It was a not-so-subtle reference to the Rampart report, which many believe is filled with inflammatory references, such as “armed conflict.”
Shea called the term “ridiculous,” recalling news video in which he is shown standing near the county sheriff in Priest River at the home of the veteran whose gun rights were—in the eyes of his supporters—being violated.
“This is what they’re trying to use,” he stated, “and that shows the absurdity of this entire report. The other absurd thing that came out is they tried to label people racists for going up to Marble, Washington to a ‘God and Country’ celebration and they won’t interview the two black pastors that actually live there who are very upset about being called white supremacists.”
Shea said his presence at Malheur came after a couple of protests, one in Burns, Oregon followed by the Malheur takeover. He said the refuge occupation was staged by the protesters to establish “standing” in court so the group could challenge federal ownership of the refuge lands.
“We didn’t know any of this until we actually went out there, with several other state legislators, to find out what was happening,” Shea maintained.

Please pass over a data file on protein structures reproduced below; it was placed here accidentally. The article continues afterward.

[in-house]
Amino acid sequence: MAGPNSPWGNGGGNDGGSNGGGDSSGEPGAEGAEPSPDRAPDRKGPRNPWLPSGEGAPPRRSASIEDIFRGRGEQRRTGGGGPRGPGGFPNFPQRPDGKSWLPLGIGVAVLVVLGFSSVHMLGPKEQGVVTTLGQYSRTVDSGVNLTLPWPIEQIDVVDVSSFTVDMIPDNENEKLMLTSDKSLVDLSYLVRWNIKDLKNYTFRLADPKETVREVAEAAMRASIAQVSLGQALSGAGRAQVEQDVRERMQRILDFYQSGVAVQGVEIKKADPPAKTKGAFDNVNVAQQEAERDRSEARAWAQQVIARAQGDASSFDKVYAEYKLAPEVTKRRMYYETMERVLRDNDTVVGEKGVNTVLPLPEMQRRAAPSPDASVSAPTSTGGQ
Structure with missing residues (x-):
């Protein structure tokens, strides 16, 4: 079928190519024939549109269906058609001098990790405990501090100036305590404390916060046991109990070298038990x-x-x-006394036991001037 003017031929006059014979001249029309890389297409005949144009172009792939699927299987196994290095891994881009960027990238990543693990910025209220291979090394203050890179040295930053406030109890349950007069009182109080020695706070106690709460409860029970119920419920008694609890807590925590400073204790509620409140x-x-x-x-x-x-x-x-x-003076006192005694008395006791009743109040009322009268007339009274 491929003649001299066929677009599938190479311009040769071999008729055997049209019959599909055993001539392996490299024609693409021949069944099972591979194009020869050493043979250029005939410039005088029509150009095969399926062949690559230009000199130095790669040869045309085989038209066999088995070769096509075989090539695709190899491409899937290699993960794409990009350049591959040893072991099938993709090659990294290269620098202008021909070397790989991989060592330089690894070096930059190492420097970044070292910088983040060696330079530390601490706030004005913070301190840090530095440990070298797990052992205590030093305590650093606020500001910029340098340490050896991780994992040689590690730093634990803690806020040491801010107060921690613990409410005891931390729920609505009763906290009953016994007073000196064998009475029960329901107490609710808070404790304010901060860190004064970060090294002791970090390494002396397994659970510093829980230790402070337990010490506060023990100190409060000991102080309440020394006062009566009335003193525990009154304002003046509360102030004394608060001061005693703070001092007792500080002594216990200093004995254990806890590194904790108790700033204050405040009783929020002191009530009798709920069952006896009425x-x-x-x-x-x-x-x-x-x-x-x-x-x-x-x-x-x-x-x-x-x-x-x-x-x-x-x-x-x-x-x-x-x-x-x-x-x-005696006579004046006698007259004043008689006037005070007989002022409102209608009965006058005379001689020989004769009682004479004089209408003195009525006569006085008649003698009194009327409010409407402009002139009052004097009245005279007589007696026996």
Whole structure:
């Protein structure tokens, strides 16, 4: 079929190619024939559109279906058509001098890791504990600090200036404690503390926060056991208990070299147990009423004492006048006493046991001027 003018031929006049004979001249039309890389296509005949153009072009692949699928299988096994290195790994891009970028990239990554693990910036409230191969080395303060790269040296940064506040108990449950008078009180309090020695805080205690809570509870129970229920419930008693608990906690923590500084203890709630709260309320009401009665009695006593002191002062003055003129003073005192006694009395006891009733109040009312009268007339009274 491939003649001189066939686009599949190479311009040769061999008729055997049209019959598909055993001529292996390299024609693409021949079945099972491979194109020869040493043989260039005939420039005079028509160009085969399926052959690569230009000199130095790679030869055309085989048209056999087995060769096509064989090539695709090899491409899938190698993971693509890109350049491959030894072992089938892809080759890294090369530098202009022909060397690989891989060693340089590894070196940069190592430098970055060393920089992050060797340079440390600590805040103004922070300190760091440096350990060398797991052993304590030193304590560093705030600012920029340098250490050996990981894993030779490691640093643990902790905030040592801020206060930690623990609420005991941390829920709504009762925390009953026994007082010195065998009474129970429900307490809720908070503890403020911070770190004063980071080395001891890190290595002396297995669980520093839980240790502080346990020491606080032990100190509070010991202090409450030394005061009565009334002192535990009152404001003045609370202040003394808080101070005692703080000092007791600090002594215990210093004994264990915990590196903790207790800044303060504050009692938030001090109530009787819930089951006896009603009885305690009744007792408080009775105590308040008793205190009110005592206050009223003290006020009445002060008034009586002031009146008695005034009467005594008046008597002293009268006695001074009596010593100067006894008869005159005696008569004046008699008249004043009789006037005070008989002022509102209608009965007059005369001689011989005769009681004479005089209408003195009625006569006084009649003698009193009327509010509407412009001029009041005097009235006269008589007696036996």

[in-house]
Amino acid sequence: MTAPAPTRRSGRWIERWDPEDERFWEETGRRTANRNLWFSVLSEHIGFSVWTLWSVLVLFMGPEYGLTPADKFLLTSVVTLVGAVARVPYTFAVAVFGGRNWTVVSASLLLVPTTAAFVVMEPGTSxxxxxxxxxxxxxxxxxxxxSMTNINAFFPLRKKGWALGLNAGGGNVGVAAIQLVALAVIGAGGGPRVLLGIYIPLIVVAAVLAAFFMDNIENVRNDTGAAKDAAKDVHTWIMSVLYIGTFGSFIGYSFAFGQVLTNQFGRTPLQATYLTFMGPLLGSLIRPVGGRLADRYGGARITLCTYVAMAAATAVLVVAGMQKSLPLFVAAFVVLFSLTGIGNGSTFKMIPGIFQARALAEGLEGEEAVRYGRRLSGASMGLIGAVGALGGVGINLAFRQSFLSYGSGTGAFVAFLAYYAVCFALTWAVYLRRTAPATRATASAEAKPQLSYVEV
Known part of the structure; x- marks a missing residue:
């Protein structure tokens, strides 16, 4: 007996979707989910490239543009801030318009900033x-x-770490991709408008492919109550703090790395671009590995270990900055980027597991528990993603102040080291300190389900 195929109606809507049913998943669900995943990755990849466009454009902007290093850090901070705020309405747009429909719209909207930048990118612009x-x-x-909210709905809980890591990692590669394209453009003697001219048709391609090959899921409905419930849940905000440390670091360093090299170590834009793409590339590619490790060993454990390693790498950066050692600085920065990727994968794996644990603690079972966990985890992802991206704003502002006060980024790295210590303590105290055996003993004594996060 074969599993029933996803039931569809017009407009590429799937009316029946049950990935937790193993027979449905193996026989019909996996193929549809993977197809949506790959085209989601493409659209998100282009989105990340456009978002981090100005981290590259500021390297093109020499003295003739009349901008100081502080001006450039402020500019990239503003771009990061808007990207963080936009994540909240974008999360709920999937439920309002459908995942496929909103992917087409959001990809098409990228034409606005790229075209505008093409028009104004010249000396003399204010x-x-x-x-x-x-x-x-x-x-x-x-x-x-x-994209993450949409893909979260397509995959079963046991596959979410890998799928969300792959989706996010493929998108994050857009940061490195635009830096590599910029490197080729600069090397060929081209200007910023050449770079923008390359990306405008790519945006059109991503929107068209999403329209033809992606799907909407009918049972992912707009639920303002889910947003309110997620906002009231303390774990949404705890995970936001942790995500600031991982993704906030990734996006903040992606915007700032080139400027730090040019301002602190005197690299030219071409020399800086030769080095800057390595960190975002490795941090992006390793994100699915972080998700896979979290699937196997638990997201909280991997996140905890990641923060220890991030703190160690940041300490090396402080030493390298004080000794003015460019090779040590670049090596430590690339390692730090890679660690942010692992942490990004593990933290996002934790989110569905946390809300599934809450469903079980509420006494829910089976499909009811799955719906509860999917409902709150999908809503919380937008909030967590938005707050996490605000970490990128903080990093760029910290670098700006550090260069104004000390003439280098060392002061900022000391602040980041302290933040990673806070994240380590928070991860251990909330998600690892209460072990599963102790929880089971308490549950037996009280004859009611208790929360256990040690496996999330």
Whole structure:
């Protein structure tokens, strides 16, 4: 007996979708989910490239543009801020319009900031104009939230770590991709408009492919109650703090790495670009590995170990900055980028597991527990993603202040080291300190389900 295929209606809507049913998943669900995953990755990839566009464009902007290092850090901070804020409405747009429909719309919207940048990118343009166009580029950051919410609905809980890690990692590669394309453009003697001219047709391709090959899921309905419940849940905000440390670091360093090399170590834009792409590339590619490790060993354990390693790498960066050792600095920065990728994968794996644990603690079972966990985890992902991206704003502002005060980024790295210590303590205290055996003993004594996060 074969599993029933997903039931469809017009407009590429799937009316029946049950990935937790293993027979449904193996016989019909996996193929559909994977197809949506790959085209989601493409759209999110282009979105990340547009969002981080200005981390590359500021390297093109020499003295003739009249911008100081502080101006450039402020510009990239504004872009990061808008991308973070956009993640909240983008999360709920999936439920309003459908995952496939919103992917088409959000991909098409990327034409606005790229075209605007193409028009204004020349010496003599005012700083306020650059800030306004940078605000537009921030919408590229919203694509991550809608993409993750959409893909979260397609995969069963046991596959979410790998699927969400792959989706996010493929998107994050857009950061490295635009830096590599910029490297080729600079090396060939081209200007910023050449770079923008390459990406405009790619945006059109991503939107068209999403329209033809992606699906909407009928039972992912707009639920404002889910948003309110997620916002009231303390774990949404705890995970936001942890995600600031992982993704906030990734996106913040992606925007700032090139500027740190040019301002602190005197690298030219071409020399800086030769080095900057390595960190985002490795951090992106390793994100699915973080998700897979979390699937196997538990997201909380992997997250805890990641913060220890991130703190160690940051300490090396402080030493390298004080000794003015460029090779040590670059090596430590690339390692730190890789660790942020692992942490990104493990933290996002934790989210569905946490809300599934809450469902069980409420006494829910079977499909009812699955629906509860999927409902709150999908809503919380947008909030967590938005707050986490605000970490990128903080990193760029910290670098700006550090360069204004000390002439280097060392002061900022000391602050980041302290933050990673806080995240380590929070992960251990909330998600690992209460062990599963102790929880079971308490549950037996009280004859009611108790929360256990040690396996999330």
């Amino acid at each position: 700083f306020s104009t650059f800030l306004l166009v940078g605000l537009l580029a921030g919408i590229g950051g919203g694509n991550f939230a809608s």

As Shea recalled, the group met with local officials and then went out to speak with the protesters at the refuge.
“We hadn’t even made that decision at that point,” he insisted.
Shea also said he helped negotiate a peaceful resolution to the standoff the night one occupant, LaVoy Finnicum, was killed at a roadblock.
“You can’t be a domestic terrorist if you’re actually helping to defuse and deescalate a situation, and that seems to never be reported,” he contended.
Shea also asserted that the investigation did not interview “three dozen” material witnesses, which he called “investigatory malpractice.”
While Shea became the focus of much media coverage of the rally, the real story may be the growing frustration of energized Washington gun owners who spent the weekend preparing for gun control hearings and watching the drama in far-off Richmond, Virginia. There, State Sen. Amanda Chase has called on anti-gun Gov. Ralph Northam to resign for allegedly violating the constitutional rights of his constituents leading up to an anticipated massive Second Amendment Monday rally at the capitol.
In Washington, the Senate Law and Justice Committee were scheduled to hear testimony on bills to limit magazine capacity to 10 rounds, to require proof of training to receive a concealed pistol license, penalties for the use of stolen firearms, and other bills.
The House is considering legislation to repeal state preemption, background checks for ammunition purchases, and other restrictions. Here is a look at gun control legislation filed so far.
From all indications, facing this kind of legislation, Evergreen State activists are looking at a tough session, while also looking ahead to the November elections when they hope to change the balance in Olympia, and the party in control of the governor’s office for the first time in more than 35 years.